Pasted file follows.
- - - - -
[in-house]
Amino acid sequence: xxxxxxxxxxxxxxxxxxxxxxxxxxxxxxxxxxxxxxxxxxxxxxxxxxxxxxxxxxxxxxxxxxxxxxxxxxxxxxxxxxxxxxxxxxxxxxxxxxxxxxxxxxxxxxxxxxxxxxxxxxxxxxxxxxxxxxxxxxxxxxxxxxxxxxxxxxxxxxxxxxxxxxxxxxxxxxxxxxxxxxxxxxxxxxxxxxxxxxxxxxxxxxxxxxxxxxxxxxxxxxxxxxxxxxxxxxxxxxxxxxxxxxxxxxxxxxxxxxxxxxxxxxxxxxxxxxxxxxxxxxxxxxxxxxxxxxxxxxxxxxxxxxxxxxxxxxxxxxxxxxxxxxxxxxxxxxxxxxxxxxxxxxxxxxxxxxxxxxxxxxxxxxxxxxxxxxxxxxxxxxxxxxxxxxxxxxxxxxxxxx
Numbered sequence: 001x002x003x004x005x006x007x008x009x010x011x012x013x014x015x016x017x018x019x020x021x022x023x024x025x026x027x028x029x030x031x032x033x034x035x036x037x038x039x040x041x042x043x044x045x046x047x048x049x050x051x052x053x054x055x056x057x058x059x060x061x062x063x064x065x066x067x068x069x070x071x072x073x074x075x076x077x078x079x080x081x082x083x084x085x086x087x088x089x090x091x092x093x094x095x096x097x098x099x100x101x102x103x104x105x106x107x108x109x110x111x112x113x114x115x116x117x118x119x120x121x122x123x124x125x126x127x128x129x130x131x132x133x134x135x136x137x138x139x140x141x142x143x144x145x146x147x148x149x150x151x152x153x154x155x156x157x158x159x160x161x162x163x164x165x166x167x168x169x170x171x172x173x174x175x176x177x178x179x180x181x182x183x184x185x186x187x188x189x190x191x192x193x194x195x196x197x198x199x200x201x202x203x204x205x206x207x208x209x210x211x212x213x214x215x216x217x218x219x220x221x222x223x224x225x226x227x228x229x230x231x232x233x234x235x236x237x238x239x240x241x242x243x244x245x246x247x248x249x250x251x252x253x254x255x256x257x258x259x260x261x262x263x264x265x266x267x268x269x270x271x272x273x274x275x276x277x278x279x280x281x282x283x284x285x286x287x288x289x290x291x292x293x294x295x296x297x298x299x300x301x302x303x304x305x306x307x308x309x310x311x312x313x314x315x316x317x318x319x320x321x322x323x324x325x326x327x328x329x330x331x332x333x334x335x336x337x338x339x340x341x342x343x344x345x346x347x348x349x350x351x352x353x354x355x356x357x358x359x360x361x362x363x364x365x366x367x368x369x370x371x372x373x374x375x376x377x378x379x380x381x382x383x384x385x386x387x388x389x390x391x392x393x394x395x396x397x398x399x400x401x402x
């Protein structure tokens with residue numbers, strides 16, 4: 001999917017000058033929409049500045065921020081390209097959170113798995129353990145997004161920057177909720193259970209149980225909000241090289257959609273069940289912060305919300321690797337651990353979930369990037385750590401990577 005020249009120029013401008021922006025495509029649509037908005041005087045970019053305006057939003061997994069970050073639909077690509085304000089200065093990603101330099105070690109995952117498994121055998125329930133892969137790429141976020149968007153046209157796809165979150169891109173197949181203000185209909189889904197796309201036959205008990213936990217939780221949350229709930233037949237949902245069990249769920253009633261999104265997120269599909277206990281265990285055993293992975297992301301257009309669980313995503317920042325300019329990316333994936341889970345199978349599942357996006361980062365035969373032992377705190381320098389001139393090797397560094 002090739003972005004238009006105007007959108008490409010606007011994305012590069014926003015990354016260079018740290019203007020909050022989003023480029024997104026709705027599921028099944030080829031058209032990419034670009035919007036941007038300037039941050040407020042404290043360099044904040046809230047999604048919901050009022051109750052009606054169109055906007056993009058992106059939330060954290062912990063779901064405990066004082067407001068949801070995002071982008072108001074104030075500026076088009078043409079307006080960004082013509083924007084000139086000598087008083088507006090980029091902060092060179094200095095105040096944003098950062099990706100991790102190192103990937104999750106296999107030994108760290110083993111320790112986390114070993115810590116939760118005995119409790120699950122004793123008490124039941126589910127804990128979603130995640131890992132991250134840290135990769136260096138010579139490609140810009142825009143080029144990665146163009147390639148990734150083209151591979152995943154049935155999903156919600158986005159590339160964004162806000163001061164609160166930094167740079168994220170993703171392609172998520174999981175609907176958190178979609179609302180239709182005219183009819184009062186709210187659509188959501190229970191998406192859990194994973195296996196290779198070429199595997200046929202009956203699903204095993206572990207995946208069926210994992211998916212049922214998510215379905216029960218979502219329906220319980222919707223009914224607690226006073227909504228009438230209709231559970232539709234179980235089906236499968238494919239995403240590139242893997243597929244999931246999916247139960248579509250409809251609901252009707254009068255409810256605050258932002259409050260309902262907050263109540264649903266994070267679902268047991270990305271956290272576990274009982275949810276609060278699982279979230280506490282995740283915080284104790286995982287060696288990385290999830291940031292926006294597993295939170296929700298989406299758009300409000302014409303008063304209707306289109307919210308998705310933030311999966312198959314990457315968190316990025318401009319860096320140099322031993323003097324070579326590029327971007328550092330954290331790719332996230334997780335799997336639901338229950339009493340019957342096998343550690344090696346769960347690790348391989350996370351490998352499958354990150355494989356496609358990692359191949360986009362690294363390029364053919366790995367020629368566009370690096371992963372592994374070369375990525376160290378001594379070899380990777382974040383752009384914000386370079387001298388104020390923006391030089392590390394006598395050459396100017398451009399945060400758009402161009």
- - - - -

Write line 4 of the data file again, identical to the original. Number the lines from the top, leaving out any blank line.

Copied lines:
């Protein structure tokens with residue numbers, strides 16, 4: 001999917017000058033929409049500045065921020081390209097959170113798995129353990145997004161920057177909720193259970209149980225909000241090289257959609273069940289912060305919300321690797337651990353979930369990037385750590401990577 005020249009120029013401008021922006025495509029649509037908005041005087045970019053305006057939003061997994069970050073639909077690509085304000089200065093990603101330099105070690109995952117498994121055998125329930133892969137790429141976020149968007153046209157796809165979150169891109173197949181203000185209909189889904197796309201036959205008990213936990217939780221949350229709930233037949237949902245069990249769920253009633261999104265997120269599909277206990281265990285055993293992975297992301301257009309669980313995503317920042325300019329990316333994936341889970345199978349599942357996006361980062365035969373032992377705190381320098389001139393090797397560094 002090739003972005004238009006105007007959108008490409010606007011994305012590069014926003015990354016260079018740290019203007020909050022989003023480029024997104026709705027599921028099944030080829031058209032990419034670009035919007036941007038300037039941050040407020042404290043360099044904040046809230047999604048919901050009022051109750052009606054169109055906007056993009058992106059939330060954290062912990063779901064405990066004082067407001068949801070995002071982008072108001074104030075500026076088009078043409079307006080960004082013509083924007084000139086000598087008083088507006090980029091902060092060179094200095095105040096944003098950062099990706100991790102190192103990937104999750106296999107030994108760290110083993111320790112986390114070993115810590116939760118005995119409790120699950122004793123008490124039941126589910127804990128979603130995640131890992132991250134840290135990769136260096138010579139490609140810009142825009143080029144990665146163009147390639148990734150083209151591979152995943154049935155999903156919600158986005159590339160964004162806000163001061164609160166930094167740079168994220170993703171392609172998520174999981175609907176958190178979609179609302180239709182005219183009819184009062186709210187659509188959501190229970191998406192859990194994973195296996196290779198070429199595997200046929202009956203699903204095993206572990207995946208069926210994992211998916212049922214998510215379905216029960218979502219329906220319980222919707223009914224607690226006073227909504228009438230209709231559970232539709234179980235089906236499968238494919239995403240590139242893997243597929244999931246999916247139960248579509250409809251609901252009707254009068255409810256605050258932002259409050260309902262907050263109540264649903266994070267679902268047991270990305271956290272576990274009982275949810276609060278699982279979230280506490282995740283915080284104790286995982287060696288990385290999830291940031292926006294597993295939170296929700298989406299758009300409000302014409303008063304209707306289109307919210308998705310933030311999966312198959314990457315968190316990025318401009319860096320140099322031993323003097324070579326590029327971007328550092330954290331790719332996230334997780335799997336639901338229950339009493340019957342096998343550690344090696346769960347690790348391989350996370351490998352499958354990150355494989356496609358990692359191949360986009362690294363390029364053919366790995367020629368566009370690096371992963372592994374070369375990525376160290378001594379070899380990777382974040383752009384914000386370079387001298388104020390923006391030089392590390394006598395050459396100017398451009399945060400758009402161009």